We opted for two kushi combos, a chicken tsukune (teriyaki meatballs) rice box and an onion “P-toro” (short for pork belly) rice box with a half-cooked egg. The tsukune and pork, with that slight grilled char, hit the right spot, though the p-toro box had a slight edge when mixed in with egg yolk.

There’s really not much one can say about the skewers – they’re pretty hard to mess up. (To contrast, the karaage tended to be mushy, largely from sitting under a heat lamp while sitting in its own juices.) I do wish they had shitake mushrooms instead of the regular brown, but that’s not much of a complaint. The tofu skewers were great; we ordered the tsukune skewers out of plain greediness.

We tried a few oden items as well, given their relative rarity despite the enormous number of Japanese places in town. Daikon, fish cakes, ikamaki (a fish cake tube stuffed with squid), mochi kinchaku: all great winter comforts. While the ikamaki won’t please those with aversions to fishiness, the daikon was meltingly soft and warming, while the savoury kinchaku will be a huge hit for anyone remotely familiar with mochi.

(I realize that photo of the tub of oden might not look overly appealing, so we plated the daikon and mochi kinchaku on a separate plate to make it look at least half as delicious as they actually were.)

Overall, there’s little to argue with at Kushi Box, which really elevates simplicity to its best. It may not fulfill our dreams of having other food cart options in town, but Kushi Box, sandwiched between the soon-to-open Gyudon Gyu and Japadog, has staked its lead in what may soon be the holy trinity of cheap Japanese eats.


Kushi Box
520 Robson Street (between Richards and Seymour)
604 689 9455
Hours: 11:30 am to 8:00pm



As the new guy horning in on an established blog, it would only be apropos to review a dinner organized by another venerable blog - Chowtimes - at 12B, the secret ‘underground’ restaurant that recently received hype in the mainstream press.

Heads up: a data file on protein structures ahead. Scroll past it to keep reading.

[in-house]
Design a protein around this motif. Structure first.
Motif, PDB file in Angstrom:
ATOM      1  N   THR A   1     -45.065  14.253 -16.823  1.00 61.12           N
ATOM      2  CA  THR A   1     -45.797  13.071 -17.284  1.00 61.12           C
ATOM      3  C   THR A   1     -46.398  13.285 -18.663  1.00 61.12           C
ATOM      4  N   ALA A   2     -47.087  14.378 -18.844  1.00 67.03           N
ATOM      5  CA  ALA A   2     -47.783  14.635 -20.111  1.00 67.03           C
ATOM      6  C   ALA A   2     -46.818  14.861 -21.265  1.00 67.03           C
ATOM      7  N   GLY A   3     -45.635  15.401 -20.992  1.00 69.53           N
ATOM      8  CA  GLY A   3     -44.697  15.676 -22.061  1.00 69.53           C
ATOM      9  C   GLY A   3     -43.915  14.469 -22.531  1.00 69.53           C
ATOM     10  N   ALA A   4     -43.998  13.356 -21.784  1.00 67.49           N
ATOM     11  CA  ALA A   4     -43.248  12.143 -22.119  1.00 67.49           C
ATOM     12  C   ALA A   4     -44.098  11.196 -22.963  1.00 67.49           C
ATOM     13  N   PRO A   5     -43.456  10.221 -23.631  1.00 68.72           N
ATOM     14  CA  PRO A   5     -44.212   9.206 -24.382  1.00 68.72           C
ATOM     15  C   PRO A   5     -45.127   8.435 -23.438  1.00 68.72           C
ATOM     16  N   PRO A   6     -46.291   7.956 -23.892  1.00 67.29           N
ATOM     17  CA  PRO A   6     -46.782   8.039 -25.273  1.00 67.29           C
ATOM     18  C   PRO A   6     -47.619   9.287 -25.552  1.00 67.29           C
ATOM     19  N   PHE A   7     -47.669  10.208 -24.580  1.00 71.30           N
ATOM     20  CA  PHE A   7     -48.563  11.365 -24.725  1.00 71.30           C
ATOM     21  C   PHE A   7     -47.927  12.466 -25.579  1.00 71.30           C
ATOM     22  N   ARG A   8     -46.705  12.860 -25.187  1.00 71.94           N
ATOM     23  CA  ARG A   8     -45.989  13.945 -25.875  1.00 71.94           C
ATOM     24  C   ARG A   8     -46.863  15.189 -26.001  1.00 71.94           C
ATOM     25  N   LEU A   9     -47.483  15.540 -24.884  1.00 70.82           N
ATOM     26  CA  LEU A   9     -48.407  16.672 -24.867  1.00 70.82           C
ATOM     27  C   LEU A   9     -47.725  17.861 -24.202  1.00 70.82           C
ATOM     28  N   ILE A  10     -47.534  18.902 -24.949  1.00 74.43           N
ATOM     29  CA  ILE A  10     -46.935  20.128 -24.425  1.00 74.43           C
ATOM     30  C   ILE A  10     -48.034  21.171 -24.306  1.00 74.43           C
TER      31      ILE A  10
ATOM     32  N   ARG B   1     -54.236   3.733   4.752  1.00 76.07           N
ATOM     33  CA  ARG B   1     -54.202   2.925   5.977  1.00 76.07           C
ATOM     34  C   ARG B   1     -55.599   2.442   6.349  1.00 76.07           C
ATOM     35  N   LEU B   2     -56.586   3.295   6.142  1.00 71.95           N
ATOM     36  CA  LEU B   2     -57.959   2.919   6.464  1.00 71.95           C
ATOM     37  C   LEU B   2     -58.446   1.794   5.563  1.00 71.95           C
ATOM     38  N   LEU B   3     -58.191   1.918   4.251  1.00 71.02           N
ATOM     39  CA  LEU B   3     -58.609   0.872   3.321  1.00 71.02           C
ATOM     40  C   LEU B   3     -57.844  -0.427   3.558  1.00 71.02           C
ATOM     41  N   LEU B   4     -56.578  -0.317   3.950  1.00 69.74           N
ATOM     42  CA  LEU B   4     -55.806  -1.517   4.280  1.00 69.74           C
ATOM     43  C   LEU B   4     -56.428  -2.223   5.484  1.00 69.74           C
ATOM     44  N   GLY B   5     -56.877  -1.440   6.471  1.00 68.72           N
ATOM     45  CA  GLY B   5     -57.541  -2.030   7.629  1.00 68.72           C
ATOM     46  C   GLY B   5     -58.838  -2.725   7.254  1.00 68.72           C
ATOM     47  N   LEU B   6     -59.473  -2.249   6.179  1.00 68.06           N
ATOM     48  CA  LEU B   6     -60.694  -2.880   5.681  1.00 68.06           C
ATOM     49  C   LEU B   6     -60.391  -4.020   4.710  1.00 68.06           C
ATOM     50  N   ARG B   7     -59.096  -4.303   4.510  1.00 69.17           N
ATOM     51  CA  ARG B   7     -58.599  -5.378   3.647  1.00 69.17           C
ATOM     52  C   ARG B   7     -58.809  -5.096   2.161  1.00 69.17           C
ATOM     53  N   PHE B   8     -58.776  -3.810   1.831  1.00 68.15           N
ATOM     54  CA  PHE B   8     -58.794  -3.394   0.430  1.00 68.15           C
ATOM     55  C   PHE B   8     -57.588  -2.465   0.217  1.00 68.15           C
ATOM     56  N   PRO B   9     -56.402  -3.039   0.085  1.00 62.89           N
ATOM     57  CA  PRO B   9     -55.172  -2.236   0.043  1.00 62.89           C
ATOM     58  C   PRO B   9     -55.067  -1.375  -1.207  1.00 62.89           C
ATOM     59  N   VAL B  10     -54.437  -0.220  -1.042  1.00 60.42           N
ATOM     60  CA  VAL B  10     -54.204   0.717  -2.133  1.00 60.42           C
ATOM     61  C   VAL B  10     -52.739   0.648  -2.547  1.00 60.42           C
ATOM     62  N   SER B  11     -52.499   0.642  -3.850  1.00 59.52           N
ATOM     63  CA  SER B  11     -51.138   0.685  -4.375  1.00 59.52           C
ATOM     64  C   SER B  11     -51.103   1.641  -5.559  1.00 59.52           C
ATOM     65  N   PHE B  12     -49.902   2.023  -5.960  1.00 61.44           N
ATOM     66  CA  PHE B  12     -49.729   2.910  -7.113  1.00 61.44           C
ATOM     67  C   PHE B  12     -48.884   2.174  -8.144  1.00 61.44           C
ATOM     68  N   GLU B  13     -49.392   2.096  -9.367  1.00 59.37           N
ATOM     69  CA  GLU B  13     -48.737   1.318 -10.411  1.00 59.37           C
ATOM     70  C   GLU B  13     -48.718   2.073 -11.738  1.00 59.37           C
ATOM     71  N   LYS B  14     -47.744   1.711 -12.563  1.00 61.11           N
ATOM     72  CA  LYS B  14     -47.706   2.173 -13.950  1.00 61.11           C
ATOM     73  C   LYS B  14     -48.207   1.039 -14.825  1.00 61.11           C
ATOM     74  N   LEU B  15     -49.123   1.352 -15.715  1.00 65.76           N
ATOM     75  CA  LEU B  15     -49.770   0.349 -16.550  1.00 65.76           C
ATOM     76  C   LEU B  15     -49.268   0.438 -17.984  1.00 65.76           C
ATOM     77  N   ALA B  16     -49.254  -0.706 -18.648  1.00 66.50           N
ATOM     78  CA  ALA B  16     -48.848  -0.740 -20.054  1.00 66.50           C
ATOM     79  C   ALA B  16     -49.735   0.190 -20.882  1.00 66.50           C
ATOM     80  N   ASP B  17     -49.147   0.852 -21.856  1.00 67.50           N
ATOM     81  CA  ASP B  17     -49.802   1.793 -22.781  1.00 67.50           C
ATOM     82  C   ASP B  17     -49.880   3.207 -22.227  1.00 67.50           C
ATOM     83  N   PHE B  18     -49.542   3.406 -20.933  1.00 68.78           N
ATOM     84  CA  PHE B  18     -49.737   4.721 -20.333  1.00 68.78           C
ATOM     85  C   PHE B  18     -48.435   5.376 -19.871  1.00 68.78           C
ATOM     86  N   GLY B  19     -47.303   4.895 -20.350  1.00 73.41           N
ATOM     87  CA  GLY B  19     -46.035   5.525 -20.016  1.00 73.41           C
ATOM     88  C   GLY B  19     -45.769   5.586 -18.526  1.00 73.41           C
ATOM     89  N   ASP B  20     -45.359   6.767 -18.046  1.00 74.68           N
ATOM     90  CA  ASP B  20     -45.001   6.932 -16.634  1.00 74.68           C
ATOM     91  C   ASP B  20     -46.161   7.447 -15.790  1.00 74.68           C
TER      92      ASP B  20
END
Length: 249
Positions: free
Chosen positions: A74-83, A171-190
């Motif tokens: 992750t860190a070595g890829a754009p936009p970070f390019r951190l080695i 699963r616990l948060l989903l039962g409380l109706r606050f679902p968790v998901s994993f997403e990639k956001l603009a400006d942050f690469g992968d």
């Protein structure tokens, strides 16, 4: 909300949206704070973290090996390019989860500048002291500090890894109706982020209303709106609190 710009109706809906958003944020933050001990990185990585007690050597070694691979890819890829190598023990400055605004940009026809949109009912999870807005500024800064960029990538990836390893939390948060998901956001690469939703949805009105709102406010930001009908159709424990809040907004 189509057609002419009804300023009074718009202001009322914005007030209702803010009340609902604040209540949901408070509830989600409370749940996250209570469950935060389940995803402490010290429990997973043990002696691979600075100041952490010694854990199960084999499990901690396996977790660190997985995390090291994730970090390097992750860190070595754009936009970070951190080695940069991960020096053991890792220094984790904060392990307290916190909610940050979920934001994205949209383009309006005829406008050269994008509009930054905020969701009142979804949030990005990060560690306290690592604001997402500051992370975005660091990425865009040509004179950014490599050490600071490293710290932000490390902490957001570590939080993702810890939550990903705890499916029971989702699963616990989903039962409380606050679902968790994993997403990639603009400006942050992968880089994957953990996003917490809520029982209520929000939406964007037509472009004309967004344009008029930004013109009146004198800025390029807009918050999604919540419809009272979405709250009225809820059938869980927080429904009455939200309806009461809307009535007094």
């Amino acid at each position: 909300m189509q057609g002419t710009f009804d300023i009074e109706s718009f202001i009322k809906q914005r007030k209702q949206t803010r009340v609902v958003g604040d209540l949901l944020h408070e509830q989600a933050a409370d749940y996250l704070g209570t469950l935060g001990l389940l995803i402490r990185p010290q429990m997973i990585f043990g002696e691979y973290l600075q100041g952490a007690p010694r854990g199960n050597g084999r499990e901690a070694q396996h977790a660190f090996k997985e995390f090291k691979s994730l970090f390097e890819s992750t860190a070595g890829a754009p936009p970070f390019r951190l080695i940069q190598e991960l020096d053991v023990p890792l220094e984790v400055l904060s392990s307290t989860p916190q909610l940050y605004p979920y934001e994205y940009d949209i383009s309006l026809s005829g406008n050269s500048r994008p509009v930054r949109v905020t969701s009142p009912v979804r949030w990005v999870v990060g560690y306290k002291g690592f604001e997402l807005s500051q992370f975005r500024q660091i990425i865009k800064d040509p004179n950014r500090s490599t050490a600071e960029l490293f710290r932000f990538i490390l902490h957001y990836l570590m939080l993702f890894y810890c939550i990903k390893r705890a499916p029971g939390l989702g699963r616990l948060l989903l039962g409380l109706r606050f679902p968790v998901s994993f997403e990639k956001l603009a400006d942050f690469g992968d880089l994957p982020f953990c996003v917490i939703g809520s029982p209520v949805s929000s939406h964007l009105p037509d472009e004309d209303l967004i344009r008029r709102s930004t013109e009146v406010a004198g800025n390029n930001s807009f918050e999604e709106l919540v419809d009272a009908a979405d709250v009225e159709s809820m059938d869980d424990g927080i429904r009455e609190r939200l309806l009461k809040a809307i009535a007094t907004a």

12B works on a simple premise: organize a bunch of friends for a dinner party, scrape together $65 a head for a six course dinner, and pray that you know someone that can get a booking. That’s in two respects: (a) as a restaurant without any of the proper licenses or permits, Chef Todd, owner and proprietor, necessarily needs to know his clientele, and (b) the guy’s booked solid for months (at least for weekends).

That premise has been replicated and repeated by other chefs in town and elsewhere for the past few years, indicative of either an emerging new business model, a booming fad, or both. Ask Chef Todd and he’d probably disagree: my assumption is that he simply likes to work from home, and telecommuting isn’t an option.

The first course was a cream of asparagus soup with white wine and truffles “four ways” (truffle salt, oil, and, uh, a couple of other preparations). I worried at first that this would be far too filling with five courses to go, but the soup was surprisingly light.

This was followed with halibut seared in brown butter, served on a jardinière brunoise and quinoa, with a fennel, orange and poppyseed salad on the side. The brunoise also had bits of smoked bacon in it, which was probably more of a highlight than the halibut itself.

The next course started a wave of beloved meats. Duck breast was rubbed with za’atar, a Middle Eastern spice blend that tied a plate full of regional flavours. Berkshire pork came with spaetzle, cabbage and also a couple of apple slices flavoured with birch syrup, with a beer stein being the only missing element. Venison shortloin was served with blueberry jus, baby potatoes, minty peas and carrots. Each was great, though the first two tied together more thoroughly.

(While the apples were enough to make the pork dish my favourite, the carrots cut into Wu Tang logos made the venison dish the most entertaining. Where else can you eat in town while listening to Jeru the Damaja?)

The night ended with two ice creams (star anise and pistachio), shortbreads and glazed pecans. The pistachio ice cream was almost savoury, or at least not sweetened enough, which, after a few bites, seemed to be the point.

At that point, a guest book passes around, a subtle hint that the $65 ‘donation’ is due. For six courses, that’s a real steal, particularly when a similar dinner of this calibre at a proper restaurant would probably cost twice as much. After serving food like this for a couple of years, there’s a reason why 12B ain’t much of a secret anymore.



(Sorry, no address)